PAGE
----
How a leaner Frederik Andersen learned how to take control of his weight
Frederik Andersen couldn’t figure out why at the time, but there were points during his first season with the Toronto Maple Leafs when he noticed some unexplained weight gain.
It wasn’t until the Danish goaltender met with trainer Scot Prohaska in the off-season that the real issue – a lack of nutritional know-how – came to light. Now a leaner Andersen has surfaced at training camp thanks to a subtle change to his workout regimen and a commitment to analyzing his diet.
“I feel more fit and I feel like I have a better build,” Andersen said Saturday at the Maple Leafs’ camp in Niagara Falls, Ont.
Andersen had stopped and started various diet and workout habits over his career and was afraid the appearance of weight gain would lead the Leafs to believe those habits had resurfaced.
“I asked him: ‘How many calories does your body require to stay lean and healthy and fuel your workouts and recovery while maintaining a healthy metabolism?”’ Prohaska said Monday from his facility in Newport Beach, Calif. Toronto Maple Leafs goalie Frederik Andersen looks up ice during NHL training camp action in Niagara Falls, Ont. on Sep. 15.
Andersen didn’t have an answer.
“This time it wasn’t bad habits, it was just a lack of knowledge,” Prohaska said.
After a 26-page analysis of his bloodwork, Andersen was able to learn what he was lacking in his system. But he also figured out exactly how to fuel his body with the exact amount of calories and proteins.
“You divide them up in different percentages of your full diet and you just monitor your diet a little bit closer,” Andersen said. “Eating more protein to get the
desired results is what I wanted and what I had to do that to see the change I wanted to this season.”
When Andersen showed up to training camp last week, the results of his physical impressed Leafs head coach Mike Babcock.
“With what Freddy has done from a fitness level is through the roof compared to last year,” Babcock said. “When you earn the right to feel good about yourself by doing all the work in the offseason, this stuff is way easier so good on him.”
Last year was the busiest season of Andersen’s NHL career. He was acquired via trade from the Anaheim Ducks for a pair of draft picks and signed to a fiveyear, US$25 million contract on June 20, 2016. He appeared in a career-high 66 regular season games and posted a 33-16-14 record, a .918 save percentage, and four shutouts.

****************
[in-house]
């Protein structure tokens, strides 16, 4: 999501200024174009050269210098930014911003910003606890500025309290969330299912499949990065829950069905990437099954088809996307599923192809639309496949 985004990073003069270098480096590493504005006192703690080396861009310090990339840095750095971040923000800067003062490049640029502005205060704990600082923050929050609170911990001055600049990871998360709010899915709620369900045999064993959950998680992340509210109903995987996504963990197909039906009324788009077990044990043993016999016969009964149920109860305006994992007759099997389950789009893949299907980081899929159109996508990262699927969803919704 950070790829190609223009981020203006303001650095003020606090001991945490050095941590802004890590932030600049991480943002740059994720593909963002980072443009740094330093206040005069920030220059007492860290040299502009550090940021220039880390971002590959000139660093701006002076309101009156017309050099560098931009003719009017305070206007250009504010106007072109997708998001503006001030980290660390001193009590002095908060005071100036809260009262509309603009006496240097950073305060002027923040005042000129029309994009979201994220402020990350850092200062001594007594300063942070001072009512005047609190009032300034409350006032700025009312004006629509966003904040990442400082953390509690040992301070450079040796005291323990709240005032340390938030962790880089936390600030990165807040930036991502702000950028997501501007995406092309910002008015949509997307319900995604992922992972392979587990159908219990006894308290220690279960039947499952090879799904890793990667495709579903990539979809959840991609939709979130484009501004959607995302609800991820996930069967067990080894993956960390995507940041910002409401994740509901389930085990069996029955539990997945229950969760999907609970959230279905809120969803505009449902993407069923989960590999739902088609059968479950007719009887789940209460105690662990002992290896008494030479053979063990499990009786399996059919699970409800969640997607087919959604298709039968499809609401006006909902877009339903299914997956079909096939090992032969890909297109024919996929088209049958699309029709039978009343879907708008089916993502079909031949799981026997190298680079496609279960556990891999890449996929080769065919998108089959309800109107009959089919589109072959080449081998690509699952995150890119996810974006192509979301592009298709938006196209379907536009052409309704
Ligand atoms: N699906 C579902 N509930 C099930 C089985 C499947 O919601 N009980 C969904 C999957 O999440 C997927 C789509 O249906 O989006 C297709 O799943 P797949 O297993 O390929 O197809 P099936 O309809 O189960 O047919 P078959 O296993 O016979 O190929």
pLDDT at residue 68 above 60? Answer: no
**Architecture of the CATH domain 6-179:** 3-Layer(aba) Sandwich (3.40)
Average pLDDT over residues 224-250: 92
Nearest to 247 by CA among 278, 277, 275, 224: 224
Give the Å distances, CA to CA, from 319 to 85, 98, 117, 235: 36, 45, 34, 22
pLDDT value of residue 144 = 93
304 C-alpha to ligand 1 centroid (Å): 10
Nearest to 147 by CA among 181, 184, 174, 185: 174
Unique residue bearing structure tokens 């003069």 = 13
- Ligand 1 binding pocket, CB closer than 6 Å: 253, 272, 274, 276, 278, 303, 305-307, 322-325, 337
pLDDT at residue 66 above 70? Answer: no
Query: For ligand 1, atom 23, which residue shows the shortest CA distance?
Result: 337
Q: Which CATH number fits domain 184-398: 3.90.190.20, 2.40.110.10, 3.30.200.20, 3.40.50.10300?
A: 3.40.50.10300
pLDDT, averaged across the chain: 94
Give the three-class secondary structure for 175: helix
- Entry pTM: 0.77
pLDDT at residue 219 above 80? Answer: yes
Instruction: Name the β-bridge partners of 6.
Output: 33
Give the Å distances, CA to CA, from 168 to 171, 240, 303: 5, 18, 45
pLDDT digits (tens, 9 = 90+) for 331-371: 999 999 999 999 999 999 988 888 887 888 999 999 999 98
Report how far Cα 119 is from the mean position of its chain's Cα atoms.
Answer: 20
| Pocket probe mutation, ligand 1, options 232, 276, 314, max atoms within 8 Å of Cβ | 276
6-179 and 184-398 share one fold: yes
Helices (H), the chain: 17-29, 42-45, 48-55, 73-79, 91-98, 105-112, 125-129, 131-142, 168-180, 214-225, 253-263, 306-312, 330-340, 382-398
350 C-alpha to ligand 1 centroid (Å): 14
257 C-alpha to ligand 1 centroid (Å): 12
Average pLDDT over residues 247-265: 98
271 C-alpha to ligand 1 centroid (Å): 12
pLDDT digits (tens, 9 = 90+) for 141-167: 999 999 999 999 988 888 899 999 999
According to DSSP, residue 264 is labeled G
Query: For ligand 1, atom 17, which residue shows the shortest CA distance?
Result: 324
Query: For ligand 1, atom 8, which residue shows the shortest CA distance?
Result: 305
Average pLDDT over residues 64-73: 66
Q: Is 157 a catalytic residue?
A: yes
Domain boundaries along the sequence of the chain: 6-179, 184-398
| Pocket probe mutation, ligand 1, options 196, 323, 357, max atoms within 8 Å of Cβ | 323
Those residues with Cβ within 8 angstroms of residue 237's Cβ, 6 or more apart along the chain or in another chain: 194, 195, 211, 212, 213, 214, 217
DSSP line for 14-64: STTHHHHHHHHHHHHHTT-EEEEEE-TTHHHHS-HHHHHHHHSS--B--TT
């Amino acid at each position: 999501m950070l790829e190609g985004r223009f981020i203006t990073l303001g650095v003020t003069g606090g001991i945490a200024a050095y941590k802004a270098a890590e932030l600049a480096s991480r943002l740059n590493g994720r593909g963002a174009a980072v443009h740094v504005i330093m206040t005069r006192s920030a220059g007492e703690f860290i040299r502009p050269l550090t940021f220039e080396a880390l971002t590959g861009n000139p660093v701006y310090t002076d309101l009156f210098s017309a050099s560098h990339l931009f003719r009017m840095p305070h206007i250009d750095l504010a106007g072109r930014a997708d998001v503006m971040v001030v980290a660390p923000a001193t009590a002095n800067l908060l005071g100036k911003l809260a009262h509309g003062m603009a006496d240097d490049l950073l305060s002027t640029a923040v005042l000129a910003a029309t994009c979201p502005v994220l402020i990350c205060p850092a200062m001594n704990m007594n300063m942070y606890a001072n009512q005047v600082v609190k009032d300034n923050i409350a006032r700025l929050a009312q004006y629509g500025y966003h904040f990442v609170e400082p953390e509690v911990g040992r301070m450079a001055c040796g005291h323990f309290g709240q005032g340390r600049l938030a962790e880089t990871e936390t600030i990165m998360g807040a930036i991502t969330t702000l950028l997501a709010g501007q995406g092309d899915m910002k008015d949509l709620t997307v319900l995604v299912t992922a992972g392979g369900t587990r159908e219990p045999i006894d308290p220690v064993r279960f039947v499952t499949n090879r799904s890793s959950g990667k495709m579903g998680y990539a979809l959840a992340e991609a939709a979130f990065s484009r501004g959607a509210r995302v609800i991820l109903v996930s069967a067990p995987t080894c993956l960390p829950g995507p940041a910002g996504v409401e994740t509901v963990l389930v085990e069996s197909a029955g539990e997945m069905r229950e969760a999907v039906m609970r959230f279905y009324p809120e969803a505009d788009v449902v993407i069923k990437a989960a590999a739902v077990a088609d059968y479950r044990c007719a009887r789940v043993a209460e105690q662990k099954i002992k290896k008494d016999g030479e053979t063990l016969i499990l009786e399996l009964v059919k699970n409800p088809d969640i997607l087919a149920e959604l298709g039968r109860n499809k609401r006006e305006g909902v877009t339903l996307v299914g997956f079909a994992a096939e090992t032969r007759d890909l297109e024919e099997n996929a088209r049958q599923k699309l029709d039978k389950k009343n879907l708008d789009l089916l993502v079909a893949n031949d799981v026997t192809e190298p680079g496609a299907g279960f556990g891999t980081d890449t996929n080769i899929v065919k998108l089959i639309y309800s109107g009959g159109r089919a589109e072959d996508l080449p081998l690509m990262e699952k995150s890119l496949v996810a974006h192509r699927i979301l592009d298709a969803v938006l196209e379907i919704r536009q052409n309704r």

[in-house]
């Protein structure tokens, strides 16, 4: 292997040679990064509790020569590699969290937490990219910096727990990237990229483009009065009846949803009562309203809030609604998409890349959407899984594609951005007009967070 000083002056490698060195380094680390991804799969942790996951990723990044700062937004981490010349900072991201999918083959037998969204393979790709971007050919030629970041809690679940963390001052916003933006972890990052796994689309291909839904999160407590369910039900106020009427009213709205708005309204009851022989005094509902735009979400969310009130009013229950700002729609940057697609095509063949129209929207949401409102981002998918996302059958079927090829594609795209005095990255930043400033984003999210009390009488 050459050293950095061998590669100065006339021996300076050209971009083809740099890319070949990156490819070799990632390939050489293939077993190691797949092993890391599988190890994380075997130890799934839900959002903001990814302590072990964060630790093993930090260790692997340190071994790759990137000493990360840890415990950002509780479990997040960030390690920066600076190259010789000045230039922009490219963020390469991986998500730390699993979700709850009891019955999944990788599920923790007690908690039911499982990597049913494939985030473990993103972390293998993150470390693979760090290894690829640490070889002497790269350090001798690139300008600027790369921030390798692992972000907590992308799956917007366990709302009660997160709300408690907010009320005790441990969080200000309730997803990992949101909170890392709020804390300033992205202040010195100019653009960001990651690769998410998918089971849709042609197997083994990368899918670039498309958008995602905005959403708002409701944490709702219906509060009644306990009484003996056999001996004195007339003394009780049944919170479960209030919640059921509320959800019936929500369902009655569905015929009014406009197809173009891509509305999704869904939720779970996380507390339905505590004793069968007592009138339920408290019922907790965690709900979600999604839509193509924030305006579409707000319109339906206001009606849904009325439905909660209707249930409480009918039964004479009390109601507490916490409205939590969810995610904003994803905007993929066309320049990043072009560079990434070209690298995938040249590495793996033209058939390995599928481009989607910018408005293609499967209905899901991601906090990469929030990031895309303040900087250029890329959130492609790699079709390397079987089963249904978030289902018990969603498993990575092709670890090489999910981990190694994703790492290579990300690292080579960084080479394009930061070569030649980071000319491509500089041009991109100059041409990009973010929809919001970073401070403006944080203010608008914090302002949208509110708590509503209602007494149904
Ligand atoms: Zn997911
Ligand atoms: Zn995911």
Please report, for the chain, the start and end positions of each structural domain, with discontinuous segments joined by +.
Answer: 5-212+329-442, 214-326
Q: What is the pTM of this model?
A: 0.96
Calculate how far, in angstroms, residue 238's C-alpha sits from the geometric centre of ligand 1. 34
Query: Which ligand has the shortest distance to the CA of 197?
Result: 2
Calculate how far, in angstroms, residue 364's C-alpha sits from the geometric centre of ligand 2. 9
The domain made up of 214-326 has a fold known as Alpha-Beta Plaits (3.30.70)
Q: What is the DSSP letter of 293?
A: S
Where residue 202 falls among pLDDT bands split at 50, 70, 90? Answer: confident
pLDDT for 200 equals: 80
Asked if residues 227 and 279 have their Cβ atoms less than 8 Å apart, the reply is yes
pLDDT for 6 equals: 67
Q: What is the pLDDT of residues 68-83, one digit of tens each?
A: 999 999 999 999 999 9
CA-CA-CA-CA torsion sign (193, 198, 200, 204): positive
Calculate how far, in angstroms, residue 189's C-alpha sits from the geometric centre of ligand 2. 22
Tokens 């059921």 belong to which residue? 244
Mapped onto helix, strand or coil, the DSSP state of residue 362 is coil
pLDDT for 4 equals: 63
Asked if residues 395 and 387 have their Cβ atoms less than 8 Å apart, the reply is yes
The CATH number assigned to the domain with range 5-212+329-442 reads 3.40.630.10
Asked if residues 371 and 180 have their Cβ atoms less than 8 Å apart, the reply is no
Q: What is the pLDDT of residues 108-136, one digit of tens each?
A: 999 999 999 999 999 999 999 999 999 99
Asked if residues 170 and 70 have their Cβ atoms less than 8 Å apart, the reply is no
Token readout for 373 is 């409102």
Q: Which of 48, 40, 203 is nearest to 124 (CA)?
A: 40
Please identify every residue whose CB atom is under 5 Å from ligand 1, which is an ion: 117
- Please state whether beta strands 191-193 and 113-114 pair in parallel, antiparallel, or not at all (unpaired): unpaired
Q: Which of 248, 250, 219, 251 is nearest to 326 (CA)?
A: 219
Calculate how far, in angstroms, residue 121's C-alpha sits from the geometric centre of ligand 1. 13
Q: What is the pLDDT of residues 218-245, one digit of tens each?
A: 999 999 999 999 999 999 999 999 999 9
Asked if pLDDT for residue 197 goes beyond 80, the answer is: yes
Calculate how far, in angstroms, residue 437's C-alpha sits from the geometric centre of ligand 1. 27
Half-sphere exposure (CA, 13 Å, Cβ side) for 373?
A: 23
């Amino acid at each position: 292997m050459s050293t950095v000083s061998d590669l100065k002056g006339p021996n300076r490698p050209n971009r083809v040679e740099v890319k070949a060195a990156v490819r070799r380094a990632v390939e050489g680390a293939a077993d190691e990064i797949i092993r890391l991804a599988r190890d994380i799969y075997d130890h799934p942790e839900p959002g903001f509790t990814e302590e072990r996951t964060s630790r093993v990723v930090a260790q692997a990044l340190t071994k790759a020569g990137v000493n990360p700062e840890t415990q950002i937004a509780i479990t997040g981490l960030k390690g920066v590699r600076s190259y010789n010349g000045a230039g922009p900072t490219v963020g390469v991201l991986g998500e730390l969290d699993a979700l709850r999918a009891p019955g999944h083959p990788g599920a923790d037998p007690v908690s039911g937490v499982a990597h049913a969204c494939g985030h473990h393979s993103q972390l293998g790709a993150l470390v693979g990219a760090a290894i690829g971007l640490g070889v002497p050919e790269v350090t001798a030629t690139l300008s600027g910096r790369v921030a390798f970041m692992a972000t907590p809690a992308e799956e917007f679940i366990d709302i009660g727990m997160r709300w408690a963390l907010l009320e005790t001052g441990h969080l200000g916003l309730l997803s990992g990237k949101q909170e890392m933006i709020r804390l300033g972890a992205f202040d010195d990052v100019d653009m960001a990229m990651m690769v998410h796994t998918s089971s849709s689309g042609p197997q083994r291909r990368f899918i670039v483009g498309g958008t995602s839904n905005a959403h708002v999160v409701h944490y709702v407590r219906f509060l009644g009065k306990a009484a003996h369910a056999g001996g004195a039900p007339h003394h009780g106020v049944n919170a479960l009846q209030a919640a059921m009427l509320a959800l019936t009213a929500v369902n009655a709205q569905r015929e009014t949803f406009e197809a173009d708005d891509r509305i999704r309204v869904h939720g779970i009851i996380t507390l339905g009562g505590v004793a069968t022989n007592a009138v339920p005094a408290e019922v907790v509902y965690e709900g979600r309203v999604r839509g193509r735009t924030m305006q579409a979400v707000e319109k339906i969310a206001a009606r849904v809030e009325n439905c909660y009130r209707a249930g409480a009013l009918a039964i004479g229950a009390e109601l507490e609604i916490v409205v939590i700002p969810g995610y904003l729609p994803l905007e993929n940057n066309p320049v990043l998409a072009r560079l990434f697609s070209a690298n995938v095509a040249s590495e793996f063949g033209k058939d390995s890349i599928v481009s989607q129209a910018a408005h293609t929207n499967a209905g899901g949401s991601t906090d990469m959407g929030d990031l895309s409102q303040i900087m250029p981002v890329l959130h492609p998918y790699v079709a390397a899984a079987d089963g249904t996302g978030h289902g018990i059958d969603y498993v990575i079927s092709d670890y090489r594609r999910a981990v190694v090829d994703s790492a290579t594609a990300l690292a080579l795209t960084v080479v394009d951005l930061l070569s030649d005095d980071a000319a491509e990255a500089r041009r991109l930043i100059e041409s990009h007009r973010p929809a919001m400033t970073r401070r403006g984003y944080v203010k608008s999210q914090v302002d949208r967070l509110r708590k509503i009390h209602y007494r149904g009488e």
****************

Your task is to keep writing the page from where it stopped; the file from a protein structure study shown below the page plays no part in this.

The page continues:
But it was far from a smooth transition. On Sept. 2, 2016, Andersen suffered a suspected shoulder injury during a pre-Olympic qualifying game and it prevented him from skating for nearly four weeks. He had to withdraw from the World Cup of Hockey and missed most of training camp.
Andersen healed in time for the start of the regular season, but he struggled in October. He allowed 26 goals in his first seven games and posted a .876 save percentage.
When Andersen checked into training camp on Friday, it was a much different story. Gone was the anxiousness of joining a new team. There were no injuries or tournament distractions.
“All of those things were something I didn’t have to worry about this summer which was really nice, and I was able to focus on getting in the shape that I wanted to be in,” he said.
This season, Andersen is expected to start in as many as 68 regular season games barring any injuries. His backup, Curtis McElhinney, was re-signed by the Leafs on July 1 to a two-year, $1.7-million contract and is projected to start in 14 games, when Toronto plays on consecutive nights.
With expectations in Toronto increased after a better-thanexpected 2016-17 campaign, a healthy Andersen has prepared himself for any scenario.
“I leaned up a little bit and everything (in my game) comes from that,” Andersen said. “You get faster, you’re conditioning gets better and the by-product of that is that you can feel like you are at the top of your game for longer.”
“i leaned up a little bit and everything (in my game) comes from that … you get faster, you’re conditioning gets better and the by-product of that is that you can feel like you are at the top of your game for longer.” Toronto Maple Leafs goaltender Frederik Andersen